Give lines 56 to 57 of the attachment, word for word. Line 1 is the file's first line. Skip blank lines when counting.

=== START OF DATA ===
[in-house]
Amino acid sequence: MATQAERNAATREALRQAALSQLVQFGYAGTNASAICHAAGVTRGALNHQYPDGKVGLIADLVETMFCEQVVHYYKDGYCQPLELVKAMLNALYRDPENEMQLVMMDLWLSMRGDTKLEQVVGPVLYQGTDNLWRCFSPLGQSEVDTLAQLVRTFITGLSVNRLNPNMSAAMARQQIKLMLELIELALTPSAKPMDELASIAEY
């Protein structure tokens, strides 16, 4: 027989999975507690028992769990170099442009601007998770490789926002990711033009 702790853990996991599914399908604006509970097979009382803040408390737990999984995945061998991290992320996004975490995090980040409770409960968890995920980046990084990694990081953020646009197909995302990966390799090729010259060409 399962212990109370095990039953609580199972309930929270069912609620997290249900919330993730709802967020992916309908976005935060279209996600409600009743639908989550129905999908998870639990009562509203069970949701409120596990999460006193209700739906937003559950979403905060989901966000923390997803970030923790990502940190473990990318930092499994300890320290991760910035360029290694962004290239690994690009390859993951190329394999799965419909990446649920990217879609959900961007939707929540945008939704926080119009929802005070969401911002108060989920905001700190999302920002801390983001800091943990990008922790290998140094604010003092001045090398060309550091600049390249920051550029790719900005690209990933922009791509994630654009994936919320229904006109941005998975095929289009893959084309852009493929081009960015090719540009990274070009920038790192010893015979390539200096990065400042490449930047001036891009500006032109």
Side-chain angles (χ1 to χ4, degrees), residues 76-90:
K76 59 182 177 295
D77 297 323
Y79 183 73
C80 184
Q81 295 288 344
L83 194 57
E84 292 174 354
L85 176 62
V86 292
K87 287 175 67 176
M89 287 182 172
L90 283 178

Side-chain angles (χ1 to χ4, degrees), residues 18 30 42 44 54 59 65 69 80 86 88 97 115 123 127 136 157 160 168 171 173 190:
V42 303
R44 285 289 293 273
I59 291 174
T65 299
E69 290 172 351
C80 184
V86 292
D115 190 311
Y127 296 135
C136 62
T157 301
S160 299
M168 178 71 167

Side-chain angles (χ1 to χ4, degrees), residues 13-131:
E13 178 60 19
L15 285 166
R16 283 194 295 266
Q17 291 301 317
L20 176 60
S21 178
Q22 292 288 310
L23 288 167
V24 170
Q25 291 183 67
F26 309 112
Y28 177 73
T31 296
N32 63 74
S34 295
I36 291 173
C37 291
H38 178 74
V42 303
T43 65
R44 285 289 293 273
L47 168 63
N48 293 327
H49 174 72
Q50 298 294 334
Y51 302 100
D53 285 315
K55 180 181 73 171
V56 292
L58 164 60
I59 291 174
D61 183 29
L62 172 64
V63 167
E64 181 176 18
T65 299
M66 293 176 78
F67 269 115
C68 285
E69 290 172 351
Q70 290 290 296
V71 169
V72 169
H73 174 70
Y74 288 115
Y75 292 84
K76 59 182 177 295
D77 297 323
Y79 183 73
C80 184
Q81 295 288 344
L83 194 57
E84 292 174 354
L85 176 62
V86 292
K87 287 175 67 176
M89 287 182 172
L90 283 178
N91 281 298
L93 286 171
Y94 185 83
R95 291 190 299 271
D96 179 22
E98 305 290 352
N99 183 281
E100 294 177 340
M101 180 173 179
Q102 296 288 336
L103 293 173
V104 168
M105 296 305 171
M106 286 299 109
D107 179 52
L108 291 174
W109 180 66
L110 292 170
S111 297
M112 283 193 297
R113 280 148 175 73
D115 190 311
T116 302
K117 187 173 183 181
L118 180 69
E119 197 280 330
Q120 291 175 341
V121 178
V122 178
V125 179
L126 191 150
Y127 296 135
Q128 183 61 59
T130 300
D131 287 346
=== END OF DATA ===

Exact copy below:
Q50 298 294 334
Y51 302 100